JAVMA News logo

April 01, 2021

Survey finds cost, difficulties with access are primary barriers to veterinary care

Published on
information-circle This article is more than 3 years old

Survey results suggest dog owners share some understanding across demographics on the conditions for which they would seek veterinary care.

Whether they seek that care is linked with the availability of care, which includes the expected cost of services, ease of transportation to a clinic, clinic hours, and language differences, as well as the owner’s trust in veterinarians, according to an article published Jan. 5 in Veterinary Sciences. Those responses varied by dog owners’ demographics.

Woman holding a dog

“This finding is in contrast with previous studies, which have maintained an assumption that race and ethnicity are primary predictors in the decision to access veterinary services for companion animals,” the article states.

The authors, a research team from North Carolina State University, conducted a survey of 858 dog-owning adults, who answered questions about whether they would seek veterinary care under 18 circumstances. The respondents also provided demographic data on themselves and their dogs and answered questions about their relationships with their dogs, previous veterinary care, and barriers to using veterinary care.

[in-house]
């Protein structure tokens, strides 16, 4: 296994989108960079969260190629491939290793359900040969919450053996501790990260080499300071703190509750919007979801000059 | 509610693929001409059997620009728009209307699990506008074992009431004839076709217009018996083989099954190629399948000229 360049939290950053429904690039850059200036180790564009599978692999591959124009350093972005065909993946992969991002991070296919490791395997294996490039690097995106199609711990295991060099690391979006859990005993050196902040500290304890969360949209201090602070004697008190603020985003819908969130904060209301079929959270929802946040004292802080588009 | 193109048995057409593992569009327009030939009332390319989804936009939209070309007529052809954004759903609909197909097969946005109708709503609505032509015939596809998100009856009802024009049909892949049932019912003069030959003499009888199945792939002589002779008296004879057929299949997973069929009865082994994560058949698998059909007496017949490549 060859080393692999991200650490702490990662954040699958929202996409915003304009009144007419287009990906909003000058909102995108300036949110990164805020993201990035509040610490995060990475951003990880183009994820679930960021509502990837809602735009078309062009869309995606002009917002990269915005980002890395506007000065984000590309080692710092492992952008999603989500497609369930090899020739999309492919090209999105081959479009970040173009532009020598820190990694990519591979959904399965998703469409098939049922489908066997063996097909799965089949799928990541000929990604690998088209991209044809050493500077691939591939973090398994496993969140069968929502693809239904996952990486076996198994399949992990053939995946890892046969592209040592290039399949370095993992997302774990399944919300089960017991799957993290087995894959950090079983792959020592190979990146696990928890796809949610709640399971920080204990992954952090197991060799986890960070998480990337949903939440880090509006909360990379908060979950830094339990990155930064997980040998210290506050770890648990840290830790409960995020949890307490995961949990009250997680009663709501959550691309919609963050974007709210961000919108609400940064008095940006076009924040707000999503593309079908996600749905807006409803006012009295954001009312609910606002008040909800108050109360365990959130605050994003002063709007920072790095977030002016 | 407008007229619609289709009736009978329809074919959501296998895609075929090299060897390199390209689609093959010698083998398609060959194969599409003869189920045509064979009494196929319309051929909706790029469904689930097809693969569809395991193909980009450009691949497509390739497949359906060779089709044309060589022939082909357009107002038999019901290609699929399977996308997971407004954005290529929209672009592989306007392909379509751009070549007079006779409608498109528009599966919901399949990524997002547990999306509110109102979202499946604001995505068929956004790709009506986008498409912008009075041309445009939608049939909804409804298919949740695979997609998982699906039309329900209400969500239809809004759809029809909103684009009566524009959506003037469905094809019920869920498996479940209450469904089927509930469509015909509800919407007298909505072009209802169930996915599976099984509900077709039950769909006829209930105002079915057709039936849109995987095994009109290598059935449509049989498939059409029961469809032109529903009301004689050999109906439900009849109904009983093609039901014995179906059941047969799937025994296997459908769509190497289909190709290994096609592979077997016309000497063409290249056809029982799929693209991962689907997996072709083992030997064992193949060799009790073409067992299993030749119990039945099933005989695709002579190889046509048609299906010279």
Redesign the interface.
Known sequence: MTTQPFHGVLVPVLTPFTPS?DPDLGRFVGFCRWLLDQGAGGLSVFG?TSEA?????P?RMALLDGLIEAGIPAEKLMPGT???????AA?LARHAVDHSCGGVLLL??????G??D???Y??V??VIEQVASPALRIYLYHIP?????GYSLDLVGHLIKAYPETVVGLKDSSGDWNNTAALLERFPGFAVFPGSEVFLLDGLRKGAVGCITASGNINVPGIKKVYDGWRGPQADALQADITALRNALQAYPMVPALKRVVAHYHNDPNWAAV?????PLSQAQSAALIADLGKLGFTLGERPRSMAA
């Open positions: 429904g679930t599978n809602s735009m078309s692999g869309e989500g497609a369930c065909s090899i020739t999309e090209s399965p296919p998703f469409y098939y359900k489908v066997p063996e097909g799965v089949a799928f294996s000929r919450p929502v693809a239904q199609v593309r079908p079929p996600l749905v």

The results indicate participants overall were most likely to seek veterinary care for their dogs in circumstances such as trauma, poison ingestion, and the need for end-of-life care, and they were least likely to seek care for conditions such as vomiting, diarrhea, and weight gain.

Certain dog owners may be disproportionately affected by cost, especially people of Native American or Asian descent, people who earn less than $25,000 annually, young dog owners, and owners without formal education, the article states.

“Across all demographic groups, cost appeared to be the largest barrier to veterinary care with 49.6% of participants indicating cost to be a challenge,” the article states.

Hours of operation and ease of transportation were the second and third most-cited barriers to care, affecting about 30% of respondents each. The article indicates a little more than one in six respondents cited lack of trust in veterinarians among the barriers to seeking veterinary care. That response was more frequent among dog owners who are male, those who are Black or Native American, and those with higher education.

“Though, interestingly, the barrier ‘Poor previous encounter with veterinarians’ was not significant for any demographic group,” the article states.

About one in eight respondents cited language differences as a barrier.

Read the article.